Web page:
# Easter Math Fun!

Save some of those jellybeans and chocolate eggs for Easter Math Fun once Easter is over!

My kids strongly disliked math, so I knew I had to do something…

## The Importance of Math

Yes, there is some math, that as adults, we rarely (read as “never”) use, but a working knowledge of basic mathematical concepts is necessary and helpful as we move through life. My dad always jokes that my generation is the one that’s attached to the calculator. Not that I would admit defeat directly to him, but he’s right. I want more for my kids when it comes to math skills, and that means it’s up to me to be a good example and put the fun into “fun-damental” knowledge!

The first time that my daughter cried over her math homework and wailed that she disliked math, I felt really sad. Learning, while challenging at times, should still have been fun at her age (ideally, it should remain fun for all ages!). I explained to her that learning new things is hard and takes time, and that she should be patient with herself. Then I started watching as she and her siblings played board games together to see what it was that they liked about them, and a bell went off in my head.

## Math Games and Crafts

We like to incorporate Math into something tangible that we can see, touch, move and manipulate. It makes it easier to understand, and shows how it can be relevant in life. Plus, when we play games, we like the good-natured competition, the camaraderie, and the challenge, leading up to the win. All of that can translate into math. And it’s even better when candy is involved! We have made our own math board games,  skip counted with circles, and ate our fractions (pizza night, anyone?).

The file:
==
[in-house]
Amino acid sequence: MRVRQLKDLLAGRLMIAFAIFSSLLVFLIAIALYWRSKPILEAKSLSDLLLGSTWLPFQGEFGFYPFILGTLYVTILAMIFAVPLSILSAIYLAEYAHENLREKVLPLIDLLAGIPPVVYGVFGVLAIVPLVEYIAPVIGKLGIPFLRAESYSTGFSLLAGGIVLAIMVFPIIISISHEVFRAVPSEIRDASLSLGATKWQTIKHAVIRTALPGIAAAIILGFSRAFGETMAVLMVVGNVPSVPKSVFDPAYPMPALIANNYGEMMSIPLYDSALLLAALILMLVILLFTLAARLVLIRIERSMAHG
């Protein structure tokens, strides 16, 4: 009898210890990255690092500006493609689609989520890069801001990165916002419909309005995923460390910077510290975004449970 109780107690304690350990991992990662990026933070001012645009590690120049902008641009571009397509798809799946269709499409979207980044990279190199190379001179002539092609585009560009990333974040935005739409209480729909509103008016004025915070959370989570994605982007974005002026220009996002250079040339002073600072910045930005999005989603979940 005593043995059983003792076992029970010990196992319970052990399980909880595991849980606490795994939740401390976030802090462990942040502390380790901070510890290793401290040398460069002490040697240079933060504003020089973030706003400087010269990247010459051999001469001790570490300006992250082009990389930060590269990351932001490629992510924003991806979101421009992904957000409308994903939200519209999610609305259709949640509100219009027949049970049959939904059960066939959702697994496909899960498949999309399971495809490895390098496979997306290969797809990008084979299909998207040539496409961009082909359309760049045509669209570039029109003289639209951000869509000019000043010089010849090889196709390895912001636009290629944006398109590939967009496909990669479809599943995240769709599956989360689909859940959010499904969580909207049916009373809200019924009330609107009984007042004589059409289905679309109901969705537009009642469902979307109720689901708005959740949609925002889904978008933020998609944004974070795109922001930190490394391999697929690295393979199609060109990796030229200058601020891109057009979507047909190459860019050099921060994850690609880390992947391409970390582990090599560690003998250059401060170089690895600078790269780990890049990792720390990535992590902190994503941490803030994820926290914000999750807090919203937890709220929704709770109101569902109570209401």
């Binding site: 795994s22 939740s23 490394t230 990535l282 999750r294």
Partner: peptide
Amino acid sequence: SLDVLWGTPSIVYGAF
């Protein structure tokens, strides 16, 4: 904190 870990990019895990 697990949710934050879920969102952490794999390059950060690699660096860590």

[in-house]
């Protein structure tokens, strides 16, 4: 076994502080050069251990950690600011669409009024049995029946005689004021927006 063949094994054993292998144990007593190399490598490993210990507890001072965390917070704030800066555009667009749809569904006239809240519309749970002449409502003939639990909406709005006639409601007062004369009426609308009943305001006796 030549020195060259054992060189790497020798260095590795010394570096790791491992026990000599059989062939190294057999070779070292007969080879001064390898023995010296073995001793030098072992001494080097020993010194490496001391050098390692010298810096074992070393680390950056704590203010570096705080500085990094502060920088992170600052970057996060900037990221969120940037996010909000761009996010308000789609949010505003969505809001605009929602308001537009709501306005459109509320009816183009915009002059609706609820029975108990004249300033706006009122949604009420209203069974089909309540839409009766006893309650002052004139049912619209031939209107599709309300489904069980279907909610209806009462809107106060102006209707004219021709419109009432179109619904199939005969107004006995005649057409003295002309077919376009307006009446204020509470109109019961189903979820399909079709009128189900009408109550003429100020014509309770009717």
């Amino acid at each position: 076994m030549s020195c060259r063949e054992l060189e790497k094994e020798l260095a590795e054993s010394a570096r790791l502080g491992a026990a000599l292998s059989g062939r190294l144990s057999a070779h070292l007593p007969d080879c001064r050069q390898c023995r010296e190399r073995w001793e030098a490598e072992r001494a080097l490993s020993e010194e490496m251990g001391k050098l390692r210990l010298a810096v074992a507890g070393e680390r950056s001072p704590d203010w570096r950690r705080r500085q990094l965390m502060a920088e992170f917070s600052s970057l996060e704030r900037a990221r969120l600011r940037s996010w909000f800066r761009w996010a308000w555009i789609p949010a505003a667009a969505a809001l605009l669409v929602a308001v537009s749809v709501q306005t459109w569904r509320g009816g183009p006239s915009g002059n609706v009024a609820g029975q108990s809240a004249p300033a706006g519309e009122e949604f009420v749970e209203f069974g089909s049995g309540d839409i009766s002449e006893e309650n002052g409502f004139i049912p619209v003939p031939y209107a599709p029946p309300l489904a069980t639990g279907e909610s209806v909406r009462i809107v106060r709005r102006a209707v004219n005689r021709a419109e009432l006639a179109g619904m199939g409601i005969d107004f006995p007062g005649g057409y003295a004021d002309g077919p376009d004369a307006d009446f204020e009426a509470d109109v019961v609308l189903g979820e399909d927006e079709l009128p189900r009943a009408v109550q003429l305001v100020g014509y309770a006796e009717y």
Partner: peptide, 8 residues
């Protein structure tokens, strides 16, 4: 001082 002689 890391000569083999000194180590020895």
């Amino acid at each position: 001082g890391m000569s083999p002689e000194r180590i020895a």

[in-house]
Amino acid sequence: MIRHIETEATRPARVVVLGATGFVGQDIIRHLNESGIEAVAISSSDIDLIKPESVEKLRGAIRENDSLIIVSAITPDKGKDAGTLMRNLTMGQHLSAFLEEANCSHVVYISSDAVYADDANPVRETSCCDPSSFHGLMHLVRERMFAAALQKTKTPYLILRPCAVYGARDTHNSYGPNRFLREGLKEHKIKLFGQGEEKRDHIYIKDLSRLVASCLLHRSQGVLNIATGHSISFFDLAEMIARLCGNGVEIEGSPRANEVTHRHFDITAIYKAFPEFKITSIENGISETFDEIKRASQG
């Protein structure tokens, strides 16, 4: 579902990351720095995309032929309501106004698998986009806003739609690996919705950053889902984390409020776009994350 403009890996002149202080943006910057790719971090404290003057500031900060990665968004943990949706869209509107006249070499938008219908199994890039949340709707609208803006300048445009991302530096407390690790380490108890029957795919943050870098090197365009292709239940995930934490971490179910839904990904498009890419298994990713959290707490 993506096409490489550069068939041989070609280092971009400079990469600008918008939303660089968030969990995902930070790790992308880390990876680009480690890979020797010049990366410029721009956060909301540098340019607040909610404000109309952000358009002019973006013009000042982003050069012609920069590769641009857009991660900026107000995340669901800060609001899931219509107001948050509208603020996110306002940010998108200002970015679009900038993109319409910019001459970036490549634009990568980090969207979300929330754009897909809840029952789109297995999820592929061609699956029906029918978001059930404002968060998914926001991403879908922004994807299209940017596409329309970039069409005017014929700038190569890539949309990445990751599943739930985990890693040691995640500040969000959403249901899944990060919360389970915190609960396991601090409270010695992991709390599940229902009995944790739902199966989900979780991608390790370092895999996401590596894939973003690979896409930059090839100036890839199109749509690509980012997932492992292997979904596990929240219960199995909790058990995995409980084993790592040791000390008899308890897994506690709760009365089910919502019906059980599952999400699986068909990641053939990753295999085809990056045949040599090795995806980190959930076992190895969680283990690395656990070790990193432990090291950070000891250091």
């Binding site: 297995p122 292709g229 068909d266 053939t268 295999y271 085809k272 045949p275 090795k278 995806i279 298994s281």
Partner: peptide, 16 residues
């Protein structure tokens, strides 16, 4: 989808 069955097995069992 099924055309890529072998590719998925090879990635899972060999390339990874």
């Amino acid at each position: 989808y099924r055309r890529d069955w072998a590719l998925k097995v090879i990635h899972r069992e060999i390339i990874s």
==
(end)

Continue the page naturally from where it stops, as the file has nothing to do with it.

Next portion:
My kids also love crafts, so I try and combine math with crafting whenever I can, like when made an abacus (finally found a loophole around my dad’s calculator teasing!).

## Easter Math

Easter Math is a great way to use up left-over candy after Easter ends! For our Easter math games, we used jelly beans with preschoolers and younger elementary kids. You can also use beads or raisins, or any small objects (just make sure you are supervising this activity).

This can also translate into fun for older kids, using jelly beans for algebra, and even making a candy version of the game Mancala!

## Ways to Learn Math With Easter Candy

Skip Counting is the beginning of understanding multiplication. Kids can skip count their multiplication facts, creating a physical times table so that they can see the quantities.  By counting out the colors, i.e., 3 x 3 is three groups of 3 each, making nine beans in the cup. Use an egg carton lid to organize your counting!

Multiplication Facts are easy to “get” when kids can “see” the groups. Kids can discover what 5 x4 is by creating 4 groups of 5, and then counting out the number of beans that they collect. Use Easter Egg containers, or even left over plastic eggs, to help kids “group” the beans.

Division seems to be a harder concept. Count out a pile of beans, i.e. 21 beans, and ask kids to split them equally into the three containers.  After they split the beans up, discuss how 7×3=21 and 21/3 = 7.

Math seems more real, and even fun, when kids are able to tangibly touch and play with the concepts. A bonus is the candy reward, at the end!

## More Fun With Learning

I really hope I can keep the passion for learning alive and well inside my children as they grow. These are some of our favorite educational crafts and activities:

Do you have any tricks to make math (or any other subject fun)? Share in the comments below!